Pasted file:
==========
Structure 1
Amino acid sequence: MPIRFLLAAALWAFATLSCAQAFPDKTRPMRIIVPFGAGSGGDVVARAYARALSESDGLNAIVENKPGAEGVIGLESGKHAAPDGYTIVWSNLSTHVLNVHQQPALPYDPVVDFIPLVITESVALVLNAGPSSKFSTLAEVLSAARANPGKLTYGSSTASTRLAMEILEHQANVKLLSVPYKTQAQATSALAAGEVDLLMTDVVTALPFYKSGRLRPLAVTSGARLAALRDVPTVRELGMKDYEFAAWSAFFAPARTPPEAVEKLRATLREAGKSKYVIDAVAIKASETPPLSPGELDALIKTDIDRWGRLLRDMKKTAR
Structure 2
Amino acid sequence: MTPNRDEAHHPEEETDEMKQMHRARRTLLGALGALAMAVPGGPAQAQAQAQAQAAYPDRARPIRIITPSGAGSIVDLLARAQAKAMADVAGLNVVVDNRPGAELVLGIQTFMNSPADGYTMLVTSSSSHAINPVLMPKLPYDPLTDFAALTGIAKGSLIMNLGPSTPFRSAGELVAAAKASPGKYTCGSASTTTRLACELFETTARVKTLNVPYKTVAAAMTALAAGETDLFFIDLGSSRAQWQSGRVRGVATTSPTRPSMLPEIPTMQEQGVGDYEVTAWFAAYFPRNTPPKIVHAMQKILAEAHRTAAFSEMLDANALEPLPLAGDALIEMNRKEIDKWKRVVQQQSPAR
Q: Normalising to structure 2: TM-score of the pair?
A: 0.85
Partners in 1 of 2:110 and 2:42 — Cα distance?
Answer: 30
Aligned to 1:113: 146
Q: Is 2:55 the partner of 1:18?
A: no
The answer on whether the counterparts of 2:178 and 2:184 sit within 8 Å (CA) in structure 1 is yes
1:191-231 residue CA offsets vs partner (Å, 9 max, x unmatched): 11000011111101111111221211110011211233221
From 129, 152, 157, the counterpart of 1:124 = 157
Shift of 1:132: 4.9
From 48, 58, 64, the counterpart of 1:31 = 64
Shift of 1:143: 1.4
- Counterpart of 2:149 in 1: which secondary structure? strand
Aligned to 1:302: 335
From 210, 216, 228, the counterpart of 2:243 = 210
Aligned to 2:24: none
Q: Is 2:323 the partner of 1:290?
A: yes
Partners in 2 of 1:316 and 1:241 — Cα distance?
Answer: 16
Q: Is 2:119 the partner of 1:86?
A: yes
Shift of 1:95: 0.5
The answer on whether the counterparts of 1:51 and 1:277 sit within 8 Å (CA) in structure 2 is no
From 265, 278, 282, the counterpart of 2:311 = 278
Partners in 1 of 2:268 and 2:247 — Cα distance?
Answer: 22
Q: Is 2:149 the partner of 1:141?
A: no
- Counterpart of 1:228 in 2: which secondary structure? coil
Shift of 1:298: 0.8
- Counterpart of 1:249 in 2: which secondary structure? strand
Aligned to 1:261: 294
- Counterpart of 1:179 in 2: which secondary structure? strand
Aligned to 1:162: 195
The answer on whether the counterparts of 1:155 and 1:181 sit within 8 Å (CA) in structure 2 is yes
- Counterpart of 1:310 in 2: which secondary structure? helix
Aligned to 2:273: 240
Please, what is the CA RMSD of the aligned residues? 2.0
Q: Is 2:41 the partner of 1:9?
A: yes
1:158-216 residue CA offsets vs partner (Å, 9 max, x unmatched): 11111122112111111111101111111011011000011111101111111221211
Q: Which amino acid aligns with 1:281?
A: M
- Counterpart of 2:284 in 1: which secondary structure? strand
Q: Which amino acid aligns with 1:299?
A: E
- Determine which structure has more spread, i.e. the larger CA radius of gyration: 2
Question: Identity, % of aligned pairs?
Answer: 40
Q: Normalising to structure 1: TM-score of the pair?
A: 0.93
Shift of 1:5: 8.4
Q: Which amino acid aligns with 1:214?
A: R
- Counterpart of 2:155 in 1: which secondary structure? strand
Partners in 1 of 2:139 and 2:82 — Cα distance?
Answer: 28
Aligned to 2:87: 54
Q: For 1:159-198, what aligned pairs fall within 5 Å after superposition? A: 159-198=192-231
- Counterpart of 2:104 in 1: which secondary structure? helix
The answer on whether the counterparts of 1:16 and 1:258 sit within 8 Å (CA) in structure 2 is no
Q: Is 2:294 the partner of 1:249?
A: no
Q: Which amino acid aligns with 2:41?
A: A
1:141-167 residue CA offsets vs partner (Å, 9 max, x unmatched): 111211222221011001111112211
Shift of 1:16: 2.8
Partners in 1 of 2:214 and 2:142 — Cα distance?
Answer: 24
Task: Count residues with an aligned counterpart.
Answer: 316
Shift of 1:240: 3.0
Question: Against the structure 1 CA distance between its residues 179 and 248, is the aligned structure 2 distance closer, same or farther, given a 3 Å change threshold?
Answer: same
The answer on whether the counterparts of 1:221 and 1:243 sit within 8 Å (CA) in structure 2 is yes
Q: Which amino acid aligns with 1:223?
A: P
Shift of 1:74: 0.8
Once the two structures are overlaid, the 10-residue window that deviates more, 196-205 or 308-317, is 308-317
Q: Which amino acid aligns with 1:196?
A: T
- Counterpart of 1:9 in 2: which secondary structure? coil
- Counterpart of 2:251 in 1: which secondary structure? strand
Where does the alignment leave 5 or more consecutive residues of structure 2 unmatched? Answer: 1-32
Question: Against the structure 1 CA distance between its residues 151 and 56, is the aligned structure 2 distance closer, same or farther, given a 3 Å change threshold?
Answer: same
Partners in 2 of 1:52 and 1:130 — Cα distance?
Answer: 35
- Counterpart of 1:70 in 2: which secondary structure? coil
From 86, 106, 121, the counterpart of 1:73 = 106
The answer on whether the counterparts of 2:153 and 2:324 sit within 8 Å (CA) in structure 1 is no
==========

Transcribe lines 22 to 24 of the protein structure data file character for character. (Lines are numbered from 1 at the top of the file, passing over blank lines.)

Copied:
Q: Is 2:323 the partner of 1:290?
A: yes
Partners in 2 of 1:316 and 1:241 — Cα distance?